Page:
As Glenn Greenwald writes in the Guardian (there’s a phrase I never thought I’d use), people should be allowed to criticise Thatcher, even in the immediate aftermath of her death. Even so, the fact that she was female shouldn’t mean our usual standards regarding sexism are suspended. If it’s okay in relation to her, it’s okay in relation to all women. We might cause less damage, but we’re no less female. That’s a trait we may not wish to share with her, but there it is. Whatever else it means, it’s no reason for us to ultimately bring hate on ourselves.


14 thoughts on “Thatcher’s death and righteous sexism

  1. Great post! I wanted to write a Thatcher post, but couldn’t pinpoint what I wanted to say – you did it for me!

  2. Great post! I definitely feel a degree of misgiving towards those who’ve voiced negative opinions on her passing (their stance on her actions aside), and you’ve verbalised exactly why.

  3. I don’t think these people hate Thatcher because she’s a woman, but so vehement is the bitterness many of us feel that some express it in misogynistic terms. I don’t condone it but I understand – and many fellow feminists have admitted their disappointment that our first female PM chose to follow such a profoundly reactionary agenda.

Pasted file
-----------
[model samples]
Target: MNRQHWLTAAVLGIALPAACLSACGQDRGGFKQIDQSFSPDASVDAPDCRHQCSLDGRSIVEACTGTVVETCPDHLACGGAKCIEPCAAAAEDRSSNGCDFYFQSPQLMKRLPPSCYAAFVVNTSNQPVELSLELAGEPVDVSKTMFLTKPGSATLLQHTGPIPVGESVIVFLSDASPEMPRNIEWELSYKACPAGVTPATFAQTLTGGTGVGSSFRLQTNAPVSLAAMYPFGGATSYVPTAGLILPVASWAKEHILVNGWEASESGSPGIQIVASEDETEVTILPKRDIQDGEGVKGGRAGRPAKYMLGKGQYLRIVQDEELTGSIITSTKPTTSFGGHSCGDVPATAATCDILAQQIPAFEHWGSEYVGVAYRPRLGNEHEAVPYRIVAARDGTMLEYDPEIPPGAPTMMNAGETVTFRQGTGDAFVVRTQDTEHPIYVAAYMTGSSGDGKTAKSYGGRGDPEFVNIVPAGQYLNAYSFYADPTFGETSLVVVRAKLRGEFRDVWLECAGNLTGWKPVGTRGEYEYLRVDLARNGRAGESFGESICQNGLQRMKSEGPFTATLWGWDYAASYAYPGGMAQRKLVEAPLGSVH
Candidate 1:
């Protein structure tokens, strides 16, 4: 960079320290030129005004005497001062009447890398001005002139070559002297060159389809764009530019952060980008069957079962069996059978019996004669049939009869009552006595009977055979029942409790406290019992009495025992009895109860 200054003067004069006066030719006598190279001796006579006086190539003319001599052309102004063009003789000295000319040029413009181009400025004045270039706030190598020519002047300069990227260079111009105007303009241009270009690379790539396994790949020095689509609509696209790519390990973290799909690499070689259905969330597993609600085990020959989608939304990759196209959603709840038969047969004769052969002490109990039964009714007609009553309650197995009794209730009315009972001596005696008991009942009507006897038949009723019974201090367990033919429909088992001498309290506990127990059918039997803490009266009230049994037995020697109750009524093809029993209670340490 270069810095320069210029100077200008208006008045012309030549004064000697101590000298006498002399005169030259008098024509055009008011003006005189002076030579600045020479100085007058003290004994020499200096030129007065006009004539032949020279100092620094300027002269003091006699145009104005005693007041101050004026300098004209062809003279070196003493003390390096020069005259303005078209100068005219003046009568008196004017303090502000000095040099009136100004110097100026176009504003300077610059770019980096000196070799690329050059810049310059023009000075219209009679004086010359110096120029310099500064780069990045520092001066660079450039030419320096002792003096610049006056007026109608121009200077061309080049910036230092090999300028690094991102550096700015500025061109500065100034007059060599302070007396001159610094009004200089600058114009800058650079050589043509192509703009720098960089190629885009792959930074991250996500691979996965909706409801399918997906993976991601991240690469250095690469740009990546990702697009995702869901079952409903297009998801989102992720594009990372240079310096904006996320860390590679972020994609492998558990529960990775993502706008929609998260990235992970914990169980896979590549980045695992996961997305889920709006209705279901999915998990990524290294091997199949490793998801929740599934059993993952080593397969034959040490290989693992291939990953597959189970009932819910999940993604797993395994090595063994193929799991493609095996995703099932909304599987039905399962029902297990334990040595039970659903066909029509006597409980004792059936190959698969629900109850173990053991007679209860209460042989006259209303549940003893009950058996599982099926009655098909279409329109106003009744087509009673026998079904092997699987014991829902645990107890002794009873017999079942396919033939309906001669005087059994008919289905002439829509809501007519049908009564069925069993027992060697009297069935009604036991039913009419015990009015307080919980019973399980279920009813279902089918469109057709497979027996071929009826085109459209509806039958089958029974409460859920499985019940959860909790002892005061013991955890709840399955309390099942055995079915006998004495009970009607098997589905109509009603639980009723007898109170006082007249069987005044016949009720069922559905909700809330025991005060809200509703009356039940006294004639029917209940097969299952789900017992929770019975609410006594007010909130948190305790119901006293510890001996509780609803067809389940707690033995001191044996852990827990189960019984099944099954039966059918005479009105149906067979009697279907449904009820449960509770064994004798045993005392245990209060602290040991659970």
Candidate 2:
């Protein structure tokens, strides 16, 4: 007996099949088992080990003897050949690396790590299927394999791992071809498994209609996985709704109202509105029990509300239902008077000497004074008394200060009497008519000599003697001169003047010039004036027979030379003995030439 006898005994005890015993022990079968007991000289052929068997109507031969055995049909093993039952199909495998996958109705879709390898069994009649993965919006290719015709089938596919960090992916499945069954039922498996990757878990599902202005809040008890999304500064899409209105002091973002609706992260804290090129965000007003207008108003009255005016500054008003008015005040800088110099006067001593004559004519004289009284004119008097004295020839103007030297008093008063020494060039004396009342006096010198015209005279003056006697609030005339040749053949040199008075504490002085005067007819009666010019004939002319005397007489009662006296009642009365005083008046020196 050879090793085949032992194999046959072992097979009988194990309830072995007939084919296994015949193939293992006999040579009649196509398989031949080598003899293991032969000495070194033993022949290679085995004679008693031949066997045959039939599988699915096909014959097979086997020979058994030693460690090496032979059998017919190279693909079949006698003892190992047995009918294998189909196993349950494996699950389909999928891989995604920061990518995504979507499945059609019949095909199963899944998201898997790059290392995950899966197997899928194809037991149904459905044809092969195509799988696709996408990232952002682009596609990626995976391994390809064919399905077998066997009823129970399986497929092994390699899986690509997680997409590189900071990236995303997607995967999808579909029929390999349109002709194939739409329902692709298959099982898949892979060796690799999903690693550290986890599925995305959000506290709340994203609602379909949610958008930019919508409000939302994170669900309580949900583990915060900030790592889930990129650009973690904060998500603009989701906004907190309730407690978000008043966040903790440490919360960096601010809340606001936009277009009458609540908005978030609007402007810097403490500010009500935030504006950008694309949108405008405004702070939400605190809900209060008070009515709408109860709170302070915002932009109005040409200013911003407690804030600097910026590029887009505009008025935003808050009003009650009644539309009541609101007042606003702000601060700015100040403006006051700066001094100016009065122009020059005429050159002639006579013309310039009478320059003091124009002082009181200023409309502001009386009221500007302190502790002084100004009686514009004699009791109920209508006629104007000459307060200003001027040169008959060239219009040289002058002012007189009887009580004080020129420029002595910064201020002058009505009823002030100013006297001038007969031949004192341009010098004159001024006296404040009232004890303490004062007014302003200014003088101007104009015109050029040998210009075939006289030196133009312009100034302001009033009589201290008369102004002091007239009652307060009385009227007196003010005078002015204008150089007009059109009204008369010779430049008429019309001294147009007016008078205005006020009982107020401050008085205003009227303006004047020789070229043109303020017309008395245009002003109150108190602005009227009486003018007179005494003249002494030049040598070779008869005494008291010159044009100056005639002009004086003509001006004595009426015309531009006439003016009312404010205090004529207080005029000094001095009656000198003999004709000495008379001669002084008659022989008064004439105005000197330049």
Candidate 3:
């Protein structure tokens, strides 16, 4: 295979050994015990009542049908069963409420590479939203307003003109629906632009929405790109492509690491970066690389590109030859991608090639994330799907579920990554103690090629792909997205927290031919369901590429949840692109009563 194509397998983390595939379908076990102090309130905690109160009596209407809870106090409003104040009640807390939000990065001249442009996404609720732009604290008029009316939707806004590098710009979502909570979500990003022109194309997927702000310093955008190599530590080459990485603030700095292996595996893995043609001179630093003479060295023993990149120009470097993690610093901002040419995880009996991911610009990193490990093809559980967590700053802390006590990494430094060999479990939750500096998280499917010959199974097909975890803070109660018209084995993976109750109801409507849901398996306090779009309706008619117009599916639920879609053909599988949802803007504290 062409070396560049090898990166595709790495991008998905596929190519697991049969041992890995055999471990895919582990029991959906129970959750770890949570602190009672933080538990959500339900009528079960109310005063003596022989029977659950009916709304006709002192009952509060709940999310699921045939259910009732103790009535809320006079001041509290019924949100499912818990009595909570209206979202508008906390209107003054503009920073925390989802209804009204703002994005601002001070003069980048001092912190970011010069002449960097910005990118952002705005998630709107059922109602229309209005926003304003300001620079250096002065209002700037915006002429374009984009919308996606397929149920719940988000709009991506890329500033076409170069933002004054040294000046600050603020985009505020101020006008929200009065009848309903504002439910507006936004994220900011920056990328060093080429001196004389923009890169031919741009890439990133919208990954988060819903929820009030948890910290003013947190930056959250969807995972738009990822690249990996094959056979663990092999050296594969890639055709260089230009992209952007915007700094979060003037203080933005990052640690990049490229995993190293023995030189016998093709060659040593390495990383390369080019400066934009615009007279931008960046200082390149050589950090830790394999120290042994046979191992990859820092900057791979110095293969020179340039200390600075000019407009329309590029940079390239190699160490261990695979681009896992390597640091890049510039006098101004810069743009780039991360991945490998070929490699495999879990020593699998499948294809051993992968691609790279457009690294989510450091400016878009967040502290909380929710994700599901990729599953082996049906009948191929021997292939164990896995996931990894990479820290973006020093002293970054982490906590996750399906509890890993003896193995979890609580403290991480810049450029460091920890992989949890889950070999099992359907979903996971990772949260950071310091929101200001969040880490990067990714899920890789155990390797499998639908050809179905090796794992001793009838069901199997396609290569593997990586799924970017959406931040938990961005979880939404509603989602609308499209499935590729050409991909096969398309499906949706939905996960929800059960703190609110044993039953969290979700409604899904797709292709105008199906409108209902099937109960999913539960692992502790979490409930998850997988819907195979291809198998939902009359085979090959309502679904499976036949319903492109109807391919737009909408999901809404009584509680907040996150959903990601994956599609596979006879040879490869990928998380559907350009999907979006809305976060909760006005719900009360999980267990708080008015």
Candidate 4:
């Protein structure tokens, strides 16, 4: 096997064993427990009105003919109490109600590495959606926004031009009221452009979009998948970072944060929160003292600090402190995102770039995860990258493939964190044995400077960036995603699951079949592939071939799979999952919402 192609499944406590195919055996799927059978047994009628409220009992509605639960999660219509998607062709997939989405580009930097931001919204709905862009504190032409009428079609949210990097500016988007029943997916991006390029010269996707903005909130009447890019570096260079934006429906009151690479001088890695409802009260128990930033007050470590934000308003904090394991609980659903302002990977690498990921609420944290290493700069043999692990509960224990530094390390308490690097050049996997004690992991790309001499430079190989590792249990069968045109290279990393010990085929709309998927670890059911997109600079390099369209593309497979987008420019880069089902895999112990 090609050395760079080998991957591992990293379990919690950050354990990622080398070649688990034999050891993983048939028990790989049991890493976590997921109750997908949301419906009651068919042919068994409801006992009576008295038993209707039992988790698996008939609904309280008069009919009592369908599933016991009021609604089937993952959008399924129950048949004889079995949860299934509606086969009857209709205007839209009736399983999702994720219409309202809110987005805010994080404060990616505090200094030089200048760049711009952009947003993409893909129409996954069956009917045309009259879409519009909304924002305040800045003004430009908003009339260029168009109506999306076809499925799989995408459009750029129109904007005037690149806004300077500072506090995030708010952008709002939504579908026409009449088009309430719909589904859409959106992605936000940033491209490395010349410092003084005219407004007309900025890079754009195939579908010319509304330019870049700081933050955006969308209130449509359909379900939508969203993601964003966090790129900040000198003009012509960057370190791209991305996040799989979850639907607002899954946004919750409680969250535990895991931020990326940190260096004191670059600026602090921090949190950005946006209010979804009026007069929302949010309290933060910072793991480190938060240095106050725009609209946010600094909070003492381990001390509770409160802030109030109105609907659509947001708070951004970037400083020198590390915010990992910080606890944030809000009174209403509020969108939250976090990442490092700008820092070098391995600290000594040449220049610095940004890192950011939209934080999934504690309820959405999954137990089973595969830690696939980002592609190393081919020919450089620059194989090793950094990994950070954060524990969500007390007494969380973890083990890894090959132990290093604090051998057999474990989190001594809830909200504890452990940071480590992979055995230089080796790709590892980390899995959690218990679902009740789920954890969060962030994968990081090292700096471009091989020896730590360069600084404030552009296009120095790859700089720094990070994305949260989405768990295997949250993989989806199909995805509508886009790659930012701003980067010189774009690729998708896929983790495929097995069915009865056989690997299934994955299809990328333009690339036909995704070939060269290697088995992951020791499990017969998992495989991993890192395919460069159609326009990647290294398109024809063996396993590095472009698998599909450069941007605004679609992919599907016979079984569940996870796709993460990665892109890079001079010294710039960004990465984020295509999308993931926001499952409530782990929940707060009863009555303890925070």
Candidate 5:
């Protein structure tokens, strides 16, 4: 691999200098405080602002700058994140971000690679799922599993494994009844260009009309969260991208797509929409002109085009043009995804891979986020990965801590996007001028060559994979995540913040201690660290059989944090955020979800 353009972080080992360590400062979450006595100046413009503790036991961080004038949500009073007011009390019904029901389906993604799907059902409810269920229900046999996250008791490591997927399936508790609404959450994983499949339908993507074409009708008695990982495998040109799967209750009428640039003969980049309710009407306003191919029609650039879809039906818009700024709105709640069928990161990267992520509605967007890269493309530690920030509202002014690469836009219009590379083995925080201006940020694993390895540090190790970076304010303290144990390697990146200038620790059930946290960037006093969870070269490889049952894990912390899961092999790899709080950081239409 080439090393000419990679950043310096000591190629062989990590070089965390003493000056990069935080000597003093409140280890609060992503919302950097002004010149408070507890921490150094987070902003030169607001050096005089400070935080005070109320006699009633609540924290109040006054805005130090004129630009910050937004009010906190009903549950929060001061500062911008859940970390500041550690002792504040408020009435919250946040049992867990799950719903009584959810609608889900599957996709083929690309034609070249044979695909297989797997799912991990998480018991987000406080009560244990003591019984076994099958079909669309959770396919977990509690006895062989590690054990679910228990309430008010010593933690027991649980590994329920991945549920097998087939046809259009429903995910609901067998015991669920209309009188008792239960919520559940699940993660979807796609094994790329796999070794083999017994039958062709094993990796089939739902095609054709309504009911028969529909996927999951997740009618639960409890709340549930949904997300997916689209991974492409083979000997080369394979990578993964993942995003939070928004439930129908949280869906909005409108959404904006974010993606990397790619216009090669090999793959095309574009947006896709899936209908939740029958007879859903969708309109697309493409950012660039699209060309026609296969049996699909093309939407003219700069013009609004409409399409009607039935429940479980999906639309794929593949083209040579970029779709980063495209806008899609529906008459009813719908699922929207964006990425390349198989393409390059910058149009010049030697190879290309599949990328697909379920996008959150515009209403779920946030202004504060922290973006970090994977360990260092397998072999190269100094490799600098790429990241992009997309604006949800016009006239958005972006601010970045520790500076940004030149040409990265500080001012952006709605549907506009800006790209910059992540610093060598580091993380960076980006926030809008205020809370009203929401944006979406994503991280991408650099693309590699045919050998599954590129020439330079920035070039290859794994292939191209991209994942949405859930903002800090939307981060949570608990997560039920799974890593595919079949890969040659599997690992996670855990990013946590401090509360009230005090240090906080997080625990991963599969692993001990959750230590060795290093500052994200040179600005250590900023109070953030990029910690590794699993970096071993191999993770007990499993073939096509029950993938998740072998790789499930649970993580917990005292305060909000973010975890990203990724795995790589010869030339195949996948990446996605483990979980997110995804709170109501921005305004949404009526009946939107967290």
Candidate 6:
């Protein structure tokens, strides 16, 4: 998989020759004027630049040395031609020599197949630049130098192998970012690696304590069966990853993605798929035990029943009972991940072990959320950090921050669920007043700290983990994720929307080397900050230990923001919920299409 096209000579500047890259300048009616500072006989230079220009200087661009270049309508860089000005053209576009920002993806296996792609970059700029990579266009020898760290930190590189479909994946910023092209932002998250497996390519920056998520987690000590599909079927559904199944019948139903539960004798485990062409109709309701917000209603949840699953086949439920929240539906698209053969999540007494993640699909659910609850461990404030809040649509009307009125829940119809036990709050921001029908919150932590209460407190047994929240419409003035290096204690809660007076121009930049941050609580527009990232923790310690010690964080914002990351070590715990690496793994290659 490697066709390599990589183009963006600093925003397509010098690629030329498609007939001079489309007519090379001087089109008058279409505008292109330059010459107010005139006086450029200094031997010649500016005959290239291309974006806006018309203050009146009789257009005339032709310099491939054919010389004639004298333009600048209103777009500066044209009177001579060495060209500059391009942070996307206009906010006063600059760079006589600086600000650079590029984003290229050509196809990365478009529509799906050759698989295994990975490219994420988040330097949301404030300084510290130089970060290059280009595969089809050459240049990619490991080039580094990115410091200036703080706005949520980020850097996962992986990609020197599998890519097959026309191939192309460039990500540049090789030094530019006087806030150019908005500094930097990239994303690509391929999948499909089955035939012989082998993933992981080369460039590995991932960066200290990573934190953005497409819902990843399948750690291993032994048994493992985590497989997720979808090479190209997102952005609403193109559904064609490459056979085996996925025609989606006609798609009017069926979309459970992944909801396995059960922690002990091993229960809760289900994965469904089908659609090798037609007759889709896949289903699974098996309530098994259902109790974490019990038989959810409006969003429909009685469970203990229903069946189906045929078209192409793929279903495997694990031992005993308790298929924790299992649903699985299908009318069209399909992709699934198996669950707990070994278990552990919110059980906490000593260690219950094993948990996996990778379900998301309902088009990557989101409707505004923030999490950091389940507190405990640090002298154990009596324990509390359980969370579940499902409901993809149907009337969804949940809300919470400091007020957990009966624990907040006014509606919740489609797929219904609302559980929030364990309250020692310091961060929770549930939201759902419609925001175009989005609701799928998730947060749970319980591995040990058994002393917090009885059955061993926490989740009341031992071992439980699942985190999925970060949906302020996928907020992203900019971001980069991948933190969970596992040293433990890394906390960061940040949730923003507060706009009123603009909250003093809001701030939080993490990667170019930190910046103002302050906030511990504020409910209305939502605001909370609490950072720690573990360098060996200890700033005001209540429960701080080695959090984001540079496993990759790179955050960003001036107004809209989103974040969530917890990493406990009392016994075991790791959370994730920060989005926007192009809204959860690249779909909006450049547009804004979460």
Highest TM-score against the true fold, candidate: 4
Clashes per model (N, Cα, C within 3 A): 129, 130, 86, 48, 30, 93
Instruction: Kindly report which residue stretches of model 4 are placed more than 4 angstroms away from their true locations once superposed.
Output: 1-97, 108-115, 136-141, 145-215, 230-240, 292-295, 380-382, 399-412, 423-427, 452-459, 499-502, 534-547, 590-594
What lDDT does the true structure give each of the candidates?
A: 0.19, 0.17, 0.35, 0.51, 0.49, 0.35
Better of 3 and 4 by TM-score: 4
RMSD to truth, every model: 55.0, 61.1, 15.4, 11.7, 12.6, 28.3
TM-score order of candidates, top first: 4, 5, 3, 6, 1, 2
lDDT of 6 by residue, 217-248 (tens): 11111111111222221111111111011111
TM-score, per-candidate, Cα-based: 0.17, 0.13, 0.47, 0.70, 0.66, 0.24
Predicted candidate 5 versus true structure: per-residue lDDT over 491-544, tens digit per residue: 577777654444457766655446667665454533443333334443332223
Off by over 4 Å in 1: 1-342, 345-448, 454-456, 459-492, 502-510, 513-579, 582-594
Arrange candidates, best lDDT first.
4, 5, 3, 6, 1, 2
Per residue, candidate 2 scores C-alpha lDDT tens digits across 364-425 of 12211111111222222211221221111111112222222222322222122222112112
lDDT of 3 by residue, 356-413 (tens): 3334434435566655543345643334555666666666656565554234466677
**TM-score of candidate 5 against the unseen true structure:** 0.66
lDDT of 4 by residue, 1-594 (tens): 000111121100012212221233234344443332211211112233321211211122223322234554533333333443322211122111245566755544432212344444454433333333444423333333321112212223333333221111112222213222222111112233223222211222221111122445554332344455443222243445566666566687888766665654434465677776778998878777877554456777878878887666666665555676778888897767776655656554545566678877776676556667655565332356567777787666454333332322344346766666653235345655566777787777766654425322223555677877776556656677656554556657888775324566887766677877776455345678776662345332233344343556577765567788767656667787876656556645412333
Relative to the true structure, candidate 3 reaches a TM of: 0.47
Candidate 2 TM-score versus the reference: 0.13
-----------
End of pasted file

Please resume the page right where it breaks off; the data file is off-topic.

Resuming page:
4. Realistically not everything that involves a woman can be turned into a blog about sexism. I tend to think that the least important thing about MT was that she was a woman. She led the country into war, she demonised and then weakened the unions, she pursued policy that is having terrible repercussions for all of us now, and set a framework for thinking about the world that we have struggled to abandon. I hate David Cameron just as much and if he (omigod) managed 3 terms of office I would most likely welcome his death too. I’m a feminist and proud to be one, but sometimes it really isn’t about gender, even if someone is called a witch or a bitch: I don’t like to hear the former being used about any woman and the latter makes me feel queasy even if applied to a female dog, but MT was so vile, so hateful, so divisive and so negatively influential that I can see why women and men are reaching for these epithets. I’m a little older than you and grew up seeing what she did to industrial towns, working people and the prospects for this country – that made me angry beyond reason. Her death is a symbolic end to some of that, and if not a reason to celebrate, at least a time to emphatically tell it like it was.